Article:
An alternate view of the group photo from DrupalCon Portland 2013.

Just going to DrupalCon to watch is awe inspiring.  The amount of people there, all sharing one common goal: to learn more and grow the power of Drupal, thereby empowering themselves... it's all really inspiring stuff.  There's more than a few reasons I keep coming back.

Stay ahead of the curve.

The most important thing I've gotten out of DrupalCons is a glimpse of the future.  Drupal, like most open source software technologies, moves fast.  People are always working on the next version.  If you don't spend some time this year paying attention to whats going on, you won't be ready next year when the curve passes you by.

We built and launched our first website for ThinkDrop in the days before DrupalCon 2010 San Francisco, around April 19th.  We used an alpha release of Drupal 7.  We knew we only wanted a barebones design to start so we went ahead and tried it, and Drupal 7 worked well enough to get online for the next few months.  

Then, we learned enough at the convention to realize that might have been a bad idea. A few data migrations and alpha2alpha hacking we got up to speed with the latest and greated versions of Drupal 7.   We hit the 7.0 release in January 2011, almost 9 months later.

We were ready and motivated for Drupal 7 because of DrupalCon, which we already had experience with when it was first released.

See how open-source gets done... "In Real Life".

These conventions are where everyone comes together to get more work done than any other week of the year.  It is an impressive sight to see all of the pieces moving at once.

The Core Conversations are a window into how Drupal gets planned and built.

It is even more stunning to see a DrupalCon Sprint.  At DrupalCon Denver, people filled two gigantic rooms, all to work on core Drupal 8.  It was abuzz like a stock exchange floor or a newsroom at the Daily Planet.  It will make your jaw hang open walking into that space.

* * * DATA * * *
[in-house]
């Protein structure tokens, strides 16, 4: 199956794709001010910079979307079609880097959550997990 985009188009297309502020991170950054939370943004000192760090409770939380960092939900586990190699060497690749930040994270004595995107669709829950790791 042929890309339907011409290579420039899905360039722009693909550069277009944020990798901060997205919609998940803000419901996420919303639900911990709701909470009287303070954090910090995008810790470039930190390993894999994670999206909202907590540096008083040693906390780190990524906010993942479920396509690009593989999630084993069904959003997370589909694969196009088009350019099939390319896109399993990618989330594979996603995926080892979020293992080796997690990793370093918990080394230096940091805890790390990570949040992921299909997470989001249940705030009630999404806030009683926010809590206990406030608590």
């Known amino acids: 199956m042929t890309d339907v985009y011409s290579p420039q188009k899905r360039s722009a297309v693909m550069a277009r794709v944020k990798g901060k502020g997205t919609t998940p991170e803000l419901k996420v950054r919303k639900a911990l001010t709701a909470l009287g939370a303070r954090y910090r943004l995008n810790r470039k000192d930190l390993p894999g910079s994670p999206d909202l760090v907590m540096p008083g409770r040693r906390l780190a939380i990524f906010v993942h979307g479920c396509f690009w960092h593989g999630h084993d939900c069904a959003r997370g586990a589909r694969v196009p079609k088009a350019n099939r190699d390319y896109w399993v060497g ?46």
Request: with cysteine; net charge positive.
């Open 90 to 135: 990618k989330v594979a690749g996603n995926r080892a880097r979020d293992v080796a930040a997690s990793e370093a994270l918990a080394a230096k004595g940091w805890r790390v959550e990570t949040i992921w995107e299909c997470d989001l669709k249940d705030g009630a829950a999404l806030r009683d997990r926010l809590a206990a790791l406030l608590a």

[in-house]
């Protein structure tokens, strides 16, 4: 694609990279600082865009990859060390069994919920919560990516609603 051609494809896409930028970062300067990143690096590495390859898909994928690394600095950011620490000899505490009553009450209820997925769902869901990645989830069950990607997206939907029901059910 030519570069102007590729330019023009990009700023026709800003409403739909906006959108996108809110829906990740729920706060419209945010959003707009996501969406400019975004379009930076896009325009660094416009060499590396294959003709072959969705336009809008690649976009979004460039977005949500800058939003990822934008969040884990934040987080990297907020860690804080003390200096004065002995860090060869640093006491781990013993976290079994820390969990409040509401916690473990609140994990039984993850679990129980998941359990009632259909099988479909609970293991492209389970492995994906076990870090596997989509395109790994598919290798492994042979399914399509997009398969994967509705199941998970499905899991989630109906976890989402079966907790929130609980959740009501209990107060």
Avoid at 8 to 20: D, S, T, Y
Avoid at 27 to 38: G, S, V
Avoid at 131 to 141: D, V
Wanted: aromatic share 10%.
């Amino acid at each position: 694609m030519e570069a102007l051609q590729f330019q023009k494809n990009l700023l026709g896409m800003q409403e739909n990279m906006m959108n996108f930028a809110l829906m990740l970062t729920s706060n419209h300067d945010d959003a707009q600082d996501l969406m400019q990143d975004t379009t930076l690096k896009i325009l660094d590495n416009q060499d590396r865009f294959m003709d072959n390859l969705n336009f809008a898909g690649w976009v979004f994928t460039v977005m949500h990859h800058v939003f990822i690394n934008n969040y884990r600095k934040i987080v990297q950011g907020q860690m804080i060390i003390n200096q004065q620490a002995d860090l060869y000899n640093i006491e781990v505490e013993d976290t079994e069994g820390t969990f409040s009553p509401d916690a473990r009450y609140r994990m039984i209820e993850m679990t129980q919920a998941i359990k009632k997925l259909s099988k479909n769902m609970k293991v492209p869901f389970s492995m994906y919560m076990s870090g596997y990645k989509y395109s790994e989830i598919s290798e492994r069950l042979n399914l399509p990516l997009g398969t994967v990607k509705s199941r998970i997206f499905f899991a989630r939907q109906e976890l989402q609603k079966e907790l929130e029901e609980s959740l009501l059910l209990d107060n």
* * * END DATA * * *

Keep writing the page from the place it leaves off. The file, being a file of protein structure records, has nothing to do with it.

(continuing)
Meet People, Learn Personalities

To come to DrupalCon, you get to see the faces of everyone that's built the things you use every day.  Knowing a username and knowing a person are two totally different things.  

Five minutes in person with someone will give you more information about an individual's personality than 100 page long comment threads on will.  I can guarantee that.

Even if you don't directly engage in a conversation,  Just seeing a speaker and knowing their username along with their voice, mannerisms, and appearance will change how you might interact with that person online.

Interacting with people on the internet is hard.  Working with them on the internet can be even harder.  Sometimes all you have to go by is a single username. The only way to really get an idea of someone online is by reading as much of their writing as possible.  It's very easy to make assumptions about someone's personality when all you see is written words, which we all read as we interpret them.

It's much, much easier to work and communicate with people when you are familiar with their personalities, and have met at least once.  To be a member of any open source community, it really helps to have at least a semi-realistic idea in your head of who people really are.

Work Hard, Play Hard

I know its a bad stereotype, conference goers and partying.  But when done properly, you will forge relationships for business and friendship that might last forever. When done improperly, you will forge memories for all those that witness your temporary lapse(s) in judgement.  

Stay wise and use the buddy sytem.

Make it what you need it to be.

DrupalCon is what you make it.  Don't expect it to cater directly to you.  It's really up to you to go out and make the most of it, for you, whatever your position might be.  Even if you end the conference and feel like nothing specific comes out of it for you, at least it motivated you to clean up your resume or polish up your old modules.  Make the most of it.

DrupalCon is a huge opportunity to learn about a huge variety of topics, and meet a huge variety of people.  

Just walking around the various spaces of DrupalCon you will overhear things that will make your head spin, things you find obvious, and everything in between.  It's knowledge being transfered at a phenomenal rate, all around you.  

Don't stop learning!

Submitted by Jon Pugh on